The Gravitas of Gravity

In response to a particular podcast in a “counter-apologetics” series now offered by Ben Wallis a commenter asks:

Why should we believe that we will experience the force of gravity on earth a second from now? I have not listened to the entire podcast on causality, but I have not heard this very simple question answered there in what I have listened to thus far. Thanks.

This seems like an easy enough question to answer, but Ben dodges in his lengthy response:

You asked a good question, “why should we believe that we will experience the force of gravity on earth a second from now?” The most immediate answer is, because gravity has held on earth in our past experience, and inductively we infer that it will continue to hold into the future. But of course that’s probably not going to be satisfying, because it raises additional questions. These additional questions are multiple and complex, and I can’t anticipate them all in a single comment post, much less respond to them. So if you wish for me to address a specific one of them, please feel free to let me know and I will do my best. In the mean time, I can give you a general outline of my view:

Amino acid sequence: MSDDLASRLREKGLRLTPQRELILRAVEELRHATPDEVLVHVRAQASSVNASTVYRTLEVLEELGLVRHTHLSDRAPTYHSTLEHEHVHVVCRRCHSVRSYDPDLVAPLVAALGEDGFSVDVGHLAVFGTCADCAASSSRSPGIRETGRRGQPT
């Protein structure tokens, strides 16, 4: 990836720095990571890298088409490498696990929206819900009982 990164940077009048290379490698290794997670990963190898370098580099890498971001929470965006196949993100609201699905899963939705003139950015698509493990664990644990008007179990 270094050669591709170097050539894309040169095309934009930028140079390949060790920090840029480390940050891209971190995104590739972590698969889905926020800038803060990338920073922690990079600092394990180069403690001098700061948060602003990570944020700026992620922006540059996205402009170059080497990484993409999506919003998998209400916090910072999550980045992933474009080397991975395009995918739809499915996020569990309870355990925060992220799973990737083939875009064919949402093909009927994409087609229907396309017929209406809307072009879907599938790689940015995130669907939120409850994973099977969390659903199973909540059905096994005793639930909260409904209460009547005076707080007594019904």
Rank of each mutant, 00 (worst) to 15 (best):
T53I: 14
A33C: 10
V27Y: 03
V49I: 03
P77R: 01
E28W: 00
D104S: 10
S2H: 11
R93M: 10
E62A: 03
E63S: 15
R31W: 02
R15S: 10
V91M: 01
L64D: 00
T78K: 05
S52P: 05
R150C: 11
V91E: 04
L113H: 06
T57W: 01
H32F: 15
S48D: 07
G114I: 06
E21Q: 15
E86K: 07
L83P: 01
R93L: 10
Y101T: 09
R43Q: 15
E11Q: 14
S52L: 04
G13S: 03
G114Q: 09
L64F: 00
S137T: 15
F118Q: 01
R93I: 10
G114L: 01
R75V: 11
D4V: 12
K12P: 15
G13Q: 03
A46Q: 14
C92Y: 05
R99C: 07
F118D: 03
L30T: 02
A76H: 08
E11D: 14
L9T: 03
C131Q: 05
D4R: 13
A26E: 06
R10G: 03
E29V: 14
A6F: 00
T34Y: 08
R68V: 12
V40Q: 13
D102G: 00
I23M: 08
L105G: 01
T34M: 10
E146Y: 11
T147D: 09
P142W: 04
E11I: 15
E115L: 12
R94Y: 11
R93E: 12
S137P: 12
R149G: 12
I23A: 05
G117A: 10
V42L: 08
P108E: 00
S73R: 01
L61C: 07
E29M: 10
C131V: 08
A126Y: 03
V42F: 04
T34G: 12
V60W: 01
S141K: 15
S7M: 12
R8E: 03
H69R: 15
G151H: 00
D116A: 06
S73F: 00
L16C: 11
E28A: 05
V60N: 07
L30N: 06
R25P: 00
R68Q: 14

(1) As Michael pointed out in the podcast, we don’t have a whole lot of choice in the matter of whether to use induction or not. We can be inductive skeptics in a limited sense, but in the end none of us really deny that, to borrow your example, gravity is going to hold through the next day. It’s just a psychological fact about us that we trust inductive inferences.

(2) Also as Michael pointed out in the podcast, we haven’t got any alternative to induction for developing strategies of living. If we want to be actors in the world, induction is the only game in town. So, again, it’s not as if we have much of a choice for whether or not to use induction, because there aren’t different alternatives to choose between!

(3) Induction informs our standards for justification. (Michael alluded to this in the podcast but we didn’t really explore it too much.) So, induction is part of what we MEAN by justification, just like deduction is also part of what we mean by justification. Not too many folks doubt deduction, though, because we can’t even conceive of deductive inferences failing to hold. But just because we can conceive induction failing us isn’t reason enough to toss out induction as one of our canons of epistemic justification.